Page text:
Tracking Southeast Asia’s Terror Finance

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Counterterrorism experts will link up with financial firms in a bid to cut off Islamic State’s (IS) Southeast Asian cash lifeline at a November summit in Kuala Lumpur, amid mounting evidence that the extremist group’s Middle East coffers are starting to run dry.

Hosted by financial intelligence agencies from Indonesia, Malaysia and Australia, the Counterterrorism Financing meet – given the name Codeathon – aims to develop private-public initiatives to counter the spread of IS following its stunning seizure of Marawi city on the southern Philippine island of Mindanao on May 23.

Banks, financial technology firms, software developers and other specialists already apply anti-money laundering checks, when they exist, to stop funds being transferred to terror suspects.

The problem with such a strategy is that most Southeast Asian nations are struggling to prevent illicit financial transfers within their borders, usually because they lack enabling laws or have a limited enforcement capability. It wouldn’t matter if they did, as little cash intended for terrorists passes through formal channels.

According to the US State Department’s 2017 report on financial crimes, Thailand, Indonesia, Malaysia, the Philippines, Cambodia, Myanmar, Vietnam and Laos are all major money laundering centers.

Iran and Iraq, which are thought to be the source of much IS financing, were also included on the watch list, as were Hong Kong, China, Pakistan, Afghanistan, Turkmenistan, Azerbaijan, Kyrgyz Republic, Uzbekistan, North Korea, Kazakhstan and Timor Leste.

Most funds detected by investigators are small amounts intended for radicalized Southeast Asians – the majority from Indonesia – who have joined IS units in Syria. Money is also coming out of Syria and Iraq for local affiliates, but it may soon become less important.

Studies by the International Center for the Study of Radicalization and Political Violence at King’s College in London indicate that the extremists’ annual income fell by more than half in 2014-16 from US$1.9 billion to US$870 million as battlefield losses cost it territory.

IS is believed to derive most of its Middle East revenues from taxes and fees levied on people under its control and the sale of oil and other natural resources. Kidnappings provide additional income.

“There are no signs yet that the group has created significant new funding streams that would make up for recent losses. With current trends continuing, the Islamic State’s ‘business model’will soon fail,” the report said, noting that IS had lost more than 60% of its mid-2014 territory in Iraq by late 2016 and 30% in Syria.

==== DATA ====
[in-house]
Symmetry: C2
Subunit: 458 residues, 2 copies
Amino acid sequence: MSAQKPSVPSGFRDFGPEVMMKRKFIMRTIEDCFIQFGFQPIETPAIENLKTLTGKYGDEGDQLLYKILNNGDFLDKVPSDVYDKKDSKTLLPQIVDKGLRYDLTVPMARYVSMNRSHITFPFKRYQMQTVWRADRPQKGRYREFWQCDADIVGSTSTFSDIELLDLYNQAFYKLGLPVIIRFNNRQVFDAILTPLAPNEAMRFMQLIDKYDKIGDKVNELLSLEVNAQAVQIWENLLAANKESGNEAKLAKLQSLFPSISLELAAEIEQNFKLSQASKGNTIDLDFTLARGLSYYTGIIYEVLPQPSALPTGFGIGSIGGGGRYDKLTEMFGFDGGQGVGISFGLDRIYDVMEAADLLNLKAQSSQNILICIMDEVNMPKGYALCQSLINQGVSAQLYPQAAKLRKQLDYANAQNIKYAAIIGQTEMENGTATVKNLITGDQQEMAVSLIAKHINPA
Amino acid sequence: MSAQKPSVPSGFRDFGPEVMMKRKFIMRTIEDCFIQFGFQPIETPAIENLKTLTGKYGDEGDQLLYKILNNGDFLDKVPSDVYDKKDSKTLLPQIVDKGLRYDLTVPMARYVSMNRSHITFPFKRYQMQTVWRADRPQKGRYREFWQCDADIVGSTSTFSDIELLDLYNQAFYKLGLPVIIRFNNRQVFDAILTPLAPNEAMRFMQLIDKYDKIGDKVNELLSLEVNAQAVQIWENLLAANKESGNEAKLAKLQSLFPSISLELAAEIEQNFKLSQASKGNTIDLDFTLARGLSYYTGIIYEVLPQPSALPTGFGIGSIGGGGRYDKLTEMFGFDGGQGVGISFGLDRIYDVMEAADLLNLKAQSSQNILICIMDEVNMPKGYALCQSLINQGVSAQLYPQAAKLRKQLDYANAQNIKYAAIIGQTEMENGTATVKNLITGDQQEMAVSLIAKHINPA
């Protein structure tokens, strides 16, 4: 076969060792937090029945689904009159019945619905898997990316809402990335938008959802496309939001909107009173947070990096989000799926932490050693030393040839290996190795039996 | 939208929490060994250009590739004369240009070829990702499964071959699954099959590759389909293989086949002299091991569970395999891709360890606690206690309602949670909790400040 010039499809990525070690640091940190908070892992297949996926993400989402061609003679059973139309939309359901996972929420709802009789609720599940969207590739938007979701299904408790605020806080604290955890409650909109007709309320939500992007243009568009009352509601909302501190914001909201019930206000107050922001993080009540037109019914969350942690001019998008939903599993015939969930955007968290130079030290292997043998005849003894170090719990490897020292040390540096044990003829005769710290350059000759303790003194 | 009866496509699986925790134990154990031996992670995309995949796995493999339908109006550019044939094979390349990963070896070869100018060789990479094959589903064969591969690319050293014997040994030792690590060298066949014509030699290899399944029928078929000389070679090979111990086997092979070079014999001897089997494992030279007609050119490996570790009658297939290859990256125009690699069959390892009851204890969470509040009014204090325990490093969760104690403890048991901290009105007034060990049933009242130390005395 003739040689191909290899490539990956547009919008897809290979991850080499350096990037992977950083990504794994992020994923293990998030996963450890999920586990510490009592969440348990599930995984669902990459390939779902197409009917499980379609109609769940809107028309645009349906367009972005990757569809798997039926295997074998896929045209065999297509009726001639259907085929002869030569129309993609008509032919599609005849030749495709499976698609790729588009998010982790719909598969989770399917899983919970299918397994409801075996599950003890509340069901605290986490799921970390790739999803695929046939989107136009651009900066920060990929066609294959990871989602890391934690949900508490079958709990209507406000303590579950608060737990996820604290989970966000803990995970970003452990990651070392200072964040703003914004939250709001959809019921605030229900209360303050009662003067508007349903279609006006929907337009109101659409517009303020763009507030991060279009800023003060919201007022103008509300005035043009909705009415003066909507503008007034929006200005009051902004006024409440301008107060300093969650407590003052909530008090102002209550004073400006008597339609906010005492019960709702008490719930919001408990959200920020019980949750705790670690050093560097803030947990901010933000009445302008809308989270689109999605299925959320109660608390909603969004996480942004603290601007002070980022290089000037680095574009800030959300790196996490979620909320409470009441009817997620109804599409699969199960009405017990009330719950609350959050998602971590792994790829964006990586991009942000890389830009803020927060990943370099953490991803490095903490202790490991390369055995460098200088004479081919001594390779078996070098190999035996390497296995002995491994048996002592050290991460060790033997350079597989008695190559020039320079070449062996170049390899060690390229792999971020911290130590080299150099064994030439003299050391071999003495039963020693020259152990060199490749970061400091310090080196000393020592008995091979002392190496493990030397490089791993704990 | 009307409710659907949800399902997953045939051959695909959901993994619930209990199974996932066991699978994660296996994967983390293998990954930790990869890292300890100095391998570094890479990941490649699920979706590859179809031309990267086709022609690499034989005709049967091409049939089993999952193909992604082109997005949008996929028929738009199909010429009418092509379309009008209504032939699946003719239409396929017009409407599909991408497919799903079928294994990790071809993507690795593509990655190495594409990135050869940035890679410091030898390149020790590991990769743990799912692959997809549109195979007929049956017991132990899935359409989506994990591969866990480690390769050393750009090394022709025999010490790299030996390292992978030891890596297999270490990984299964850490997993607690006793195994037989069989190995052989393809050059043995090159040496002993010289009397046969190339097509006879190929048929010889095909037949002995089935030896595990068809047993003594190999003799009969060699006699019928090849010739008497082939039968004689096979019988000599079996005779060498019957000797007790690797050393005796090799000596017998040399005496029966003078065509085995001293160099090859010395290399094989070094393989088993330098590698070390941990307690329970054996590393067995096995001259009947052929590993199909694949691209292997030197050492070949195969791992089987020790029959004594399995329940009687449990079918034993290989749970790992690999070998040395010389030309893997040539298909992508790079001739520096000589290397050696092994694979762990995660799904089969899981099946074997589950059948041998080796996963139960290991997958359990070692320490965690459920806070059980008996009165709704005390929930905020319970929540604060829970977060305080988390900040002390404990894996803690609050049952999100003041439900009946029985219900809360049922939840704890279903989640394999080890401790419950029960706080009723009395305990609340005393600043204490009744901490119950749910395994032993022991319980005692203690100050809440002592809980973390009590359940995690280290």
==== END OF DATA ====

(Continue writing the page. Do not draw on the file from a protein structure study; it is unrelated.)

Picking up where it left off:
Indonesia reported that 10 billion rupiah (US$750,000) arrived from abroad to finance terrorism on its soil in 2014-15; funding for the January 2016 attacks in Jakarta is believed to have been directed from an IS foreign terrorist fighter cell based in Syria or Iraq.

But in general Southeast Asian terror cells rely on their own resources to get by, mostly using distribution methods that are nearly untraceable: as mundane as carrying a small wad of banknotes across a border.

A 2016 risk assessment by Australia and its Association of Southeast Asian Nations (Asean) partners found that the main source of terrorism financing in Indonesia, Malaysia, Thailand and Australia is self-funding from legitimate sources.

Non-profit organizations are the second primary source, then fundraising through social media and crowdfunding. Criminal activity is only a big problem in Indonesia and the Philippines, the report said.

The report also acknowledges that self-funding “will remain extremely difficult to detect” because the activities are legal and transactions are often of low value and indistinguishable from normal activities.

Non-profit groups are rated as a medium or high risk in Indonesia, the Philippines, Thailand, Malaysia and Australia, though only a small number are thought to be suspect. Usually these are Islamic charities active near terrorism hotspots that are pressured to divert money from housing, education and other social programs.

Crowdfunding and other online campaigns occur in Indonesia and Malaysia, but have become rare because they leave a clear digital footprint – even though investigators still have difficulty proving the proceeds are earmarked for terrorism purposes.

A shift towards the use of stored value cards that can easily be posted or transported across borders and then redeemed by terrorists also has the financial experts worried.

“The ability of foreign terrorist fighters and terrorist supporters to move funds below cross-border reporting thresholds poses a major challenge for detection,” the 2016 study said.

“Unless border authorities have intelligence and movement alerts related to the traveler, money for terrorism financing can be moved across borders with low risk of detection, even when amounts above the threshold are disclosed.”

Authorities’ recent track record in detecting transactions suspected of having terrorist links has been good, but achieving a legal outcome has proved difficult in countries other than Indonesia.

Malaysia filed 25 Suspicious Transaction Reports (STRs) involving individuals or bank accounts in 2015-16 and imposed 41 financial sanctions, but these produced only one prosecution in the most recent reporting period of 2013-15. Thailand had 24 STRs and applied 28 sanctions for no prosecutions at all in 2012-13.

Indonesia reported 185 STRs, imposed 26 sanctions and made 34 prosecutions in 2013-15. The Philippines filed 53 STRs for 12 sanctions and one prosecution in the same period. Singapore, the regional financial center, filed 205 STRs and notched six prosecutions in 2016 but did not report on sanctions.

Source: AT

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